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J Psychiatr Res. 2005 May;39(3):285-93.

White matter hyperintensities and chronicity of depression.

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1
Department of General Psychiatry, Medical University of Vienna, Währinger Gürtel 18-20, A-1090 Vienna, Austria. angela.heiden@akh-wien.ac.at

Abstract

OBJECTIVE:

White matter hyperintensities (WMHs) on T(2)-weighted magnetic resonance imaging (MRI) of the brain are associated with advanced age and late-life depression. Most investigations predominantly found these lesions in frontal lobe and basal ganglia supporting the hypothesis of a fronto-striatal dysfunction in depression. A prospective study was undertaken to investigate the association between extent of WMHs and clinical outcome in elderly depressed patients.

METHODS:

Thirty-one non-demented depressed subjects underwent a 1.5 T cranial MRI scan. The MRI scans were analysed in consensus by two experienced radiologists. Each MRI scan was assessed for presence and extent of WMHs, which are differentiated in periventricular hyperintensities (PVHs) and deep white matter hyperintensities (DWMHs). A total of 21 patients of the original cohort of 31 patients were re-assessed 5 years after baseline assessment. We ascertained the severity of depressive symptoms, the longitudinal course of depression, the cognitive decline and the global assessment of functioning at follow-up visit.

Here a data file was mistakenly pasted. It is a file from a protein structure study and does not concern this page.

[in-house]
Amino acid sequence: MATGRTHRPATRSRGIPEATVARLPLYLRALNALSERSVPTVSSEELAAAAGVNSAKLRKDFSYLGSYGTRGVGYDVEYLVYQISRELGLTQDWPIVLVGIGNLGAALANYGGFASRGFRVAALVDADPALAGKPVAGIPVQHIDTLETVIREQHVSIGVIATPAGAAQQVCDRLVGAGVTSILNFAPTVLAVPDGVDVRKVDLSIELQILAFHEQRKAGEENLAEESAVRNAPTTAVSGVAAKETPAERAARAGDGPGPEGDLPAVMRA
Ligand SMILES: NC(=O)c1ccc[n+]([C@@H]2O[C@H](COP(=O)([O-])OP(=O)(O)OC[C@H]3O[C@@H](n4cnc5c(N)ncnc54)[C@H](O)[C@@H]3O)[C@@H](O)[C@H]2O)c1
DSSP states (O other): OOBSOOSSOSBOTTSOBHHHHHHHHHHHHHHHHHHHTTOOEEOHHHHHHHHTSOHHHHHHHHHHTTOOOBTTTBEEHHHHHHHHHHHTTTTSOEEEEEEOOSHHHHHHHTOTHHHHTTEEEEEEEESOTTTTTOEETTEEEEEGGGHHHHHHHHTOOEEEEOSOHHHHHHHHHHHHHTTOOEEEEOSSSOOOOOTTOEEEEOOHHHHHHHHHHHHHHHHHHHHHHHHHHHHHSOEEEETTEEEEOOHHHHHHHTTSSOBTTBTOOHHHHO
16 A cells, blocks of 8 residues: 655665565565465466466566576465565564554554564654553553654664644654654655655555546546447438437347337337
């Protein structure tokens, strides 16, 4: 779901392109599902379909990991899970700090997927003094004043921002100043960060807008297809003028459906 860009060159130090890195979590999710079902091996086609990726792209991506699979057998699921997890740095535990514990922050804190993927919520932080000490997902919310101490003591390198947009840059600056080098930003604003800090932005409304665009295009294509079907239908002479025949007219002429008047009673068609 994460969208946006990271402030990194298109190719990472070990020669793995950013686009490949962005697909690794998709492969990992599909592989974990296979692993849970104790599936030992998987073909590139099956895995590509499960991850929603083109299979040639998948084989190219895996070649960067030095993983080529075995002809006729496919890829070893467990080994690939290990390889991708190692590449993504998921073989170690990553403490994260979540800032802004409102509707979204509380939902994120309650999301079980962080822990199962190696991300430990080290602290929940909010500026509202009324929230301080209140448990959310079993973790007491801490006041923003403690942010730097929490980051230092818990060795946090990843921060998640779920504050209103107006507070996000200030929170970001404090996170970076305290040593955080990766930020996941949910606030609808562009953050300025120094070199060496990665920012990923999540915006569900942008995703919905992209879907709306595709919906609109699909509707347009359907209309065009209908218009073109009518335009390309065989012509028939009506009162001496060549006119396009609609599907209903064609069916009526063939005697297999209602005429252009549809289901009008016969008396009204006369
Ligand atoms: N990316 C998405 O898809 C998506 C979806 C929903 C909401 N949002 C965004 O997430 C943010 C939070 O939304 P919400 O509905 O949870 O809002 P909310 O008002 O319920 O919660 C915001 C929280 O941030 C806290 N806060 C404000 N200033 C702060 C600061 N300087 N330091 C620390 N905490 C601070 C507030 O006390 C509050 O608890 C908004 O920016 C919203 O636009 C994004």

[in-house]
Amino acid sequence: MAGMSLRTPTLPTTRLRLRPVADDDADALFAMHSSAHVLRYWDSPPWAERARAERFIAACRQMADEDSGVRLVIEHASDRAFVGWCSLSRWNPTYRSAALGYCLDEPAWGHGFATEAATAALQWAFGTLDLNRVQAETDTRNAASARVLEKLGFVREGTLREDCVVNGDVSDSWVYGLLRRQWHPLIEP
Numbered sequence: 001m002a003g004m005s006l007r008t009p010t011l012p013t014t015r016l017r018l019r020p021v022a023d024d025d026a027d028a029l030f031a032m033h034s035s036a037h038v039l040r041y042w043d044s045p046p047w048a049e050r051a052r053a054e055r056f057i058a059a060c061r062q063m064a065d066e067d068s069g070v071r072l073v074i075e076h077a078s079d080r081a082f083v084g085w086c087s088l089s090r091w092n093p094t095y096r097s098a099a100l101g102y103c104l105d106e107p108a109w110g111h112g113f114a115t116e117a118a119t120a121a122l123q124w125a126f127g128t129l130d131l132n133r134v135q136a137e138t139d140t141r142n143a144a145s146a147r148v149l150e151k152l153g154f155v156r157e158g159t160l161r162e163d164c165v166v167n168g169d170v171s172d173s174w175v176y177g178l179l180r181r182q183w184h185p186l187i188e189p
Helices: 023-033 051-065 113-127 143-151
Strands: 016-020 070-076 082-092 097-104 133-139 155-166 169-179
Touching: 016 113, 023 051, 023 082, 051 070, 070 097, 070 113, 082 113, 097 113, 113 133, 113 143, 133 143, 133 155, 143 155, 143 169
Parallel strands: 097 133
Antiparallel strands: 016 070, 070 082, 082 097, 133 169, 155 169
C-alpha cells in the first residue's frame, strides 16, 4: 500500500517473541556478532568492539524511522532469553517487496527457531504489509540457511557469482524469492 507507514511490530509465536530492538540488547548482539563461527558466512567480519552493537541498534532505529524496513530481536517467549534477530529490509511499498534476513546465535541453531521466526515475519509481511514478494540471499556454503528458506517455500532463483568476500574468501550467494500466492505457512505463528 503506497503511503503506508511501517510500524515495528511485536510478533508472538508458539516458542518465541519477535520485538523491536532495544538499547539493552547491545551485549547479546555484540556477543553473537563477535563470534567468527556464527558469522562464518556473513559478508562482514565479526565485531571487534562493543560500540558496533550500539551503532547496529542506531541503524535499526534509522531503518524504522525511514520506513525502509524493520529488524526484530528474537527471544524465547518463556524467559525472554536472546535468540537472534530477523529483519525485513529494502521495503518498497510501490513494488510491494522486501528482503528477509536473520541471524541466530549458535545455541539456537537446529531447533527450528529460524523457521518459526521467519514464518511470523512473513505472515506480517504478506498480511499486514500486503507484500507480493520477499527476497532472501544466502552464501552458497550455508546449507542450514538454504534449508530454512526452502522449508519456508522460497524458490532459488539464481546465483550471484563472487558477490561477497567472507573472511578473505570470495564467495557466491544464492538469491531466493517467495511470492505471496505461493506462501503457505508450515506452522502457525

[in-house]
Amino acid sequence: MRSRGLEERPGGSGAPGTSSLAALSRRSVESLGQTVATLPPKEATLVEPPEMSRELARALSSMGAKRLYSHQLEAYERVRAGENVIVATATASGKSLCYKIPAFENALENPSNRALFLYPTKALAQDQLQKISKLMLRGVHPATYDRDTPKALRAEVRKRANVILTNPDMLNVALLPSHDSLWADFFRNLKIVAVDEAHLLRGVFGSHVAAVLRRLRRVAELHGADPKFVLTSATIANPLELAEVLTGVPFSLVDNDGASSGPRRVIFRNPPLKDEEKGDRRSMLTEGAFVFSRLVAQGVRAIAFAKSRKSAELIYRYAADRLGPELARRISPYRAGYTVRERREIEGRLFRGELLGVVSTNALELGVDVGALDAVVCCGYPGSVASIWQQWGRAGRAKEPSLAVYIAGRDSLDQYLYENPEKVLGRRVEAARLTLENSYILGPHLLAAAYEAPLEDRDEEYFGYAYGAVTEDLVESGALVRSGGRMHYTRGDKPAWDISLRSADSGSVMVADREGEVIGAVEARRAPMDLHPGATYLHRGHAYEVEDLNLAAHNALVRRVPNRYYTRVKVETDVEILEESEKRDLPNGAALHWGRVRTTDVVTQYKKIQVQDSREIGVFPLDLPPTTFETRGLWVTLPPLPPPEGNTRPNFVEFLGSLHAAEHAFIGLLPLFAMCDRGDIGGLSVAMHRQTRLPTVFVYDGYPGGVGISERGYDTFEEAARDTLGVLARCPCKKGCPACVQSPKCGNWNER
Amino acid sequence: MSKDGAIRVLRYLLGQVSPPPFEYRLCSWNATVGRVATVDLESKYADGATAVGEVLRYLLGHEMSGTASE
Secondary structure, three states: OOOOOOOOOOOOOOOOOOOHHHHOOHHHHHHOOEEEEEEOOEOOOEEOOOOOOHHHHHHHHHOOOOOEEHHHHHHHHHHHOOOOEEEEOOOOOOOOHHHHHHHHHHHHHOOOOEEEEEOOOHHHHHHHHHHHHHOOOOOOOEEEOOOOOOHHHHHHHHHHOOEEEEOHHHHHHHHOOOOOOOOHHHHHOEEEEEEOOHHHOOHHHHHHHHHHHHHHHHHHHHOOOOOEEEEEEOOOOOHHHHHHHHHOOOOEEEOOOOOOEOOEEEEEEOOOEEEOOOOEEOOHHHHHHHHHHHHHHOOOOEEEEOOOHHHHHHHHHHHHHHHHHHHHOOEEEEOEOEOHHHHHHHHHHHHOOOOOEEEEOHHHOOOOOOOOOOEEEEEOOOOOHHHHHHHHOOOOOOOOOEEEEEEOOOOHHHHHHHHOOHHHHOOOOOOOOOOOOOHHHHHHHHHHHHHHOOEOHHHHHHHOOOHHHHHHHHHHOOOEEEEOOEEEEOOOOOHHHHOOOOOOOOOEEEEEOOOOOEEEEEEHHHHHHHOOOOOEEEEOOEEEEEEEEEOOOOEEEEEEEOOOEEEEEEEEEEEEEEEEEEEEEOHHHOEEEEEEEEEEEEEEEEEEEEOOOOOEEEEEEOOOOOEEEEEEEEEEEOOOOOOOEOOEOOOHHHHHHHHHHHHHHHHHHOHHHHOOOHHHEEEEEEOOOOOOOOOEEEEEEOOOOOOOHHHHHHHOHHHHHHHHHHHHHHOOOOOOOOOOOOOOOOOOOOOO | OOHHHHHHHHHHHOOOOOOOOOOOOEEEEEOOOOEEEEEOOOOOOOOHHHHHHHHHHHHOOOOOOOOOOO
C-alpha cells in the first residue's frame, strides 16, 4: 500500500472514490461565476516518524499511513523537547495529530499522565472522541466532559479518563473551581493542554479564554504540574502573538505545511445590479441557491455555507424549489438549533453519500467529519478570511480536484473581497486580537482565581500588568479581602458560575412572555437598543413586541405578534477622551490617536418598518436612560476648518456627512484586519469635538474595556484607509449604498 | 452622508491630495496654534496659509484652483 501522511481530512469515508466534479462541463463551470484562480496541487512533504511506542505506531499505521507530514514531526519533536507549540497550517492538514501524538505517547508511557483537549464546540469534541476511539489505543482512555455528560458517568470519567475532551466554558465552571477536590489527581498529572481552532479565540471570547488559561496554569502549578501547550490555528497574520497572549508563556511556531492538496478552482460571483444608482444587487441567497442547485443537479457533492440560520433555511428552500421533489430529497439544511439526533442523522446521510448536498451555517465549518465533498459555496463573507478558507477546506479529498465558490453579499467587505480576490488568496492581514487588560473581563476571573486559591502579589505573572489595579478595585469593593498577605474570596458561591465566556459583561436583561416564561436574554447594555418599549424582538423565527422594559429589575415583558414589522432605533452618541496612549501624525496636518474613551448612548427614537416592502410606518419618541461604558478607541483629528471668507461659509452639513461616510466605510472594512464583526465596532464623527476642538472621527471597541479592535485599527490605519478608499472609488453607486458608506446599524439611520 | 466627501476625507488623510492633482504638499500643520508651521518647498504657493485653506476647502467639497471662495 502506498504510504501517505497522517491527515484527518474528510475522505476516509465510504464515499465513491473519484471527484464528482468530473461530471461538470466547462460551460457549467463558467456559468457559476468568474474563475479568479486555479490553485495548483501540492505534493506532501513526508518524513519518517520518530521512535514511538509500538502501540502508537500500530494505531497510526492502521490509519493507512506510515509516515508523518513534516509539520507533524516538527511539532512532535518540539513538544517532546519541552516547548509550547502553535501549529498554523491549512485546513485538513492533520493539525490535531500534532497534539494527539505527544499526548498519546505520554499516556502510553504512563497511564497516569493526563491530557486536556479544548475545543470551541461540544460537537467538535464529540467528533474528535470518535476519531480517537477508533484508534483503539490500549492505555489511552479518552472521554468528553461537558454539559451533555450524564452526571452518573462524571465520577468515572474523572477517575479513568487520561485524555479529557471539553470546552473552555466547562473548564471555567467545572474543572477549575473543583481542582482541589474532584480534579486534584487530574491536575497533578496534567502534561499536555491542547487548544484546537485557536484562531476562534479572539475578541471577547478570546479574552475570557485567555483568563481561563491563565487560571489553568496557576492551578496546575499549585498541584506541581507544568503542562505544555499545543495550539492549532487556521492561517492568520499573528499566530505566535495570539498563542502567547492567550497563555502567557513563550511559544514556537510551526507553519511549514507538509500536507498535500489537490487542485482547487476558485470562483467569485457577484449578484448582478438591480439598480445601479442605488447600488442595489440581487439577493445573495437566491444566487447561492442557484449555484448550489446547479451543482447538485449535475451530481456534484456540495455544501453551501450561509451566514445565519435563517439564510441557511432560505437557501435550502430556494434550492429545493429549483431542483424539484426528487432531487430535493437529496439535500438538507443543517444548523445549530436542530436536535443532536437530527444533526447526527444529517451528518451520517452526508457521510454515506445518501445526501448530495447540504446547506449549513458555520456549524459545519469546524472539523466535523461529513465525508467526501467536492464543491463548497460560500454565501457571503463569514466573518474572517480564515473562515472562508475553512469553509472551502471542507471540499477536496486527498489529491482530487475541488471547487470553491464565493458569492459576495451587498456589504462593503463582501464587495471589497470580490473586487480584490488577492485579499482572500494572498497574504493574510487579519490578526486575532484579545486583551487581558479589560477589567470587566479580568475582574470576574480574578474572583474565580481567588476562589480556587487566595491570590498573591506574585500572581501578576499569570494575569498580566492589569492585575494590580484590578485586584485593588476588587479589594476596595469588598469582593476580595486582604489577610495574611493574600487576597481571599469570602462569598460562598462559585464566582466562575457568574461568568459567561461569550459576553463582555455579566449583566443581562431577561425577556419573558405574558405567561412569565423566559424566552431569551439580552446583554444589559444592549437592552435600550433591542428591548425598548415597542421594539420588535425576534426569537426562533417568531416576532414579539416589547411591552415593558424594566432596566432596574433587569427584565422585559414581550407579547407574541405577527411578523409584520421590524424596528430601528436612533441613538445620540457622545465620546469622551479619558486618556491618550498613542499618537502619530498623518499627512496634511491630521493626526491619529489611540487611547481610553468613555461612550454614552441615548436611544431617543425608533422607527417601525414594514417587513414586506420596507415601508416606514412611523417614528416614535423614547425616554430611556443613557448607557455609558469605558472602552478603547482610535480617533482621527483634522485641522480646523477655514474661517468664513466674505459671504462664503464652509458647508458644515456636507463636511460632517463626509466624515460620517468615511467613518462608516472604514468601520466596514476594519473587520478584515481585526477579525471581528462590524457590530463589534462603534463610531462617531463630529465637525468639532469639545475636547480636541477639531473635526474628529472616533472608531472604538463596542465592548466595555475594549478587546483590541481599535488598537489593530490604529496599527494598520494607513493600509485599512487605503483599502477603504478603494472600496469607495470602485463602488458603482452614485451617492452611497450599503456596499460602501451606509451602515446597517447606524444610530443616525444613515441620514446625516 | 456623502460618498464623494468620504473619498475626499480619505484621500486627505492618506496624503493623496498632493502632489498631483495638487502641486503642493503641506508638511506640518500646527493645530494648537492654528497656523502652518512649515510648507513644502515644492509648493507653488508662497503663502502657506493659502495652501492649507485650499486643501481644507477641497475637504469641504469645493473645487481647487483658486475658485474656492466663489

RESULTS:

(1) Subjects with greater extent of WMHs had a significant higher Hamilton Depression Rating Scale (HAM-D) score, (2) had more severe longitudinal courses of depression (3) and had a lower Mini-Mental State Examination (MMSE) score.

CONCLUSIONS:

WMHs on MRI are associated with poorer outcome in elderly depressed subjects. Further studies are needed to evaluate WHMs as prognostic factor for an appropriate treatment decision-making.

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